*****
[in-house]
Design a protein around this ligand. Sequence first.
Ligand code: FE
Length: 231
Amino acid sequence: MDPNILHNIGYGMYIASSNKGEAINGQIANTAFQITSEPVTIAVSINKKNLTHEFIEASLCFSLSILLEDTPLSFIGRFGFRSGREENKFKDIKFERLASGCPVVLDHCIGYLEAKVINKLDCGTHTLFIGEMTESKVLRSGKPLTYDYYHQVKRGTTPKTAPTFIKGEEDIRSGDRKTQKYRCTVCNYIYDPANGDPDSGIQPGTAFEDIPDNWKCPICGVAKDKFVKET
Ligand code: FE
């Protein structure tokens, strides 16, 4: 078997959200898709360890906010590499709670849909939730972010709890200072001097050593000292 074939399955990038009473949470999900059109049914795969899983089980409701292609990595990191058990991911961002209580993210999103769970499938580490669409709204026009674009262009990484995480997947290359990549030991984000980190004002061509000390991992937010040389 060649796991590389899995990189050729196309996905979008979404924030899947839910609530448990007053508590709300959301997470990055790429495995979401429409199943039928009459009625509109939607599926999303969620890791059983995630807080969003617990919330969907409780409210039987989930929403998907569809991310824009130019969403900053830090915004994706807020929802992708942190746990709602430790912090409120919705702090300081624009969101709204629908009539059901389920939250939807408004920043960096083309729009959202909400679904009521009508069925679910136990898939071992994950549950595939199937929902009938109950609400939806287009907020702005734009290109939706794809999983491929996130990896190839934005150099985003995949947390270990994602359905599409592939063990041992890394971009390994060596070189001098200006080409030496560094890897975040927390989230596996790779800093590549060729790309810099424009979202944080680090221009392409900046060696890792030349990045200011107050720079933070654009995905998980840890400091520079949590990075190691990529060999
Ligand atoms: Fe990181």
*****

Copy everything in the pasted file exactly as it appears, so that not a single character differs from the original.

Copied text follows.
[in-house]
Design a protein around this ligand. Sequence first.
Ligand code: FE
Length: 231
Amino acid sequence: MDPNILHNIGYGMYIASSNKGEAINGQIANTAFQITSEPVTIAVSINKKNLTHEFIEASLCFSLSILLEDTPLSFIGRFGFRSGREENKFKDIKFERLASGCPVVLDHCIGYLEAKVINKLDCGTHTLFIGEMTESKVLRSGKPLTYDYYHQVKRGTTPKTAPTFIKGEEDIRSGDRKTQKYRCTVCNYIYDPANGDPDSGIQPGTAFEDIPDNWKCPICGVAKDKFVKET
Ligand code: FE
């Protein structure tokens, strides 16, 4: 078997959200898709360890906010590499709670849909939730972010709890200072001097050593000292 074939399955990038009473949470999900059109049914795969899983089980409701292609990595990191058990991911961002209580993210999103769970499938580490669409709204026009674009262009990484995480997947290359990549030991984000980190004002061509000390991992937010040389 060649796991590389899995990189050729196309996905979008979404924030899947839910609530448990007053508590709300959301997470990055790429495995979401429409199943039928009459009625509109939607599926999303969620890791059983995630807080969003617990919330969907409780409210039987989930929403998907569809991310824009130019969403900053830090915004994706807020929802992708942190746990709602430790912090409120919705702090300081624009969101709204629908009539059901389920939250939807408004920043960096083309729009959202909400679904009521009508069925679910136990898939071992994950549950595939199937929902009938109950609400939806287009907020702005734009290109939706794809999983491929996130990896190839934005150099985003995949947390270990994602359905599409592939063990041992890394971009390994060596070189001098200006080409030496560094890897975040927390989230596996790779800093590549060729790309810099424009979202944080680090221009392409900046060696890792030349990045200011107050720079933070654009995905998980840890400091520079949590990075190691990529060999
Ligand atoms: Fe990181």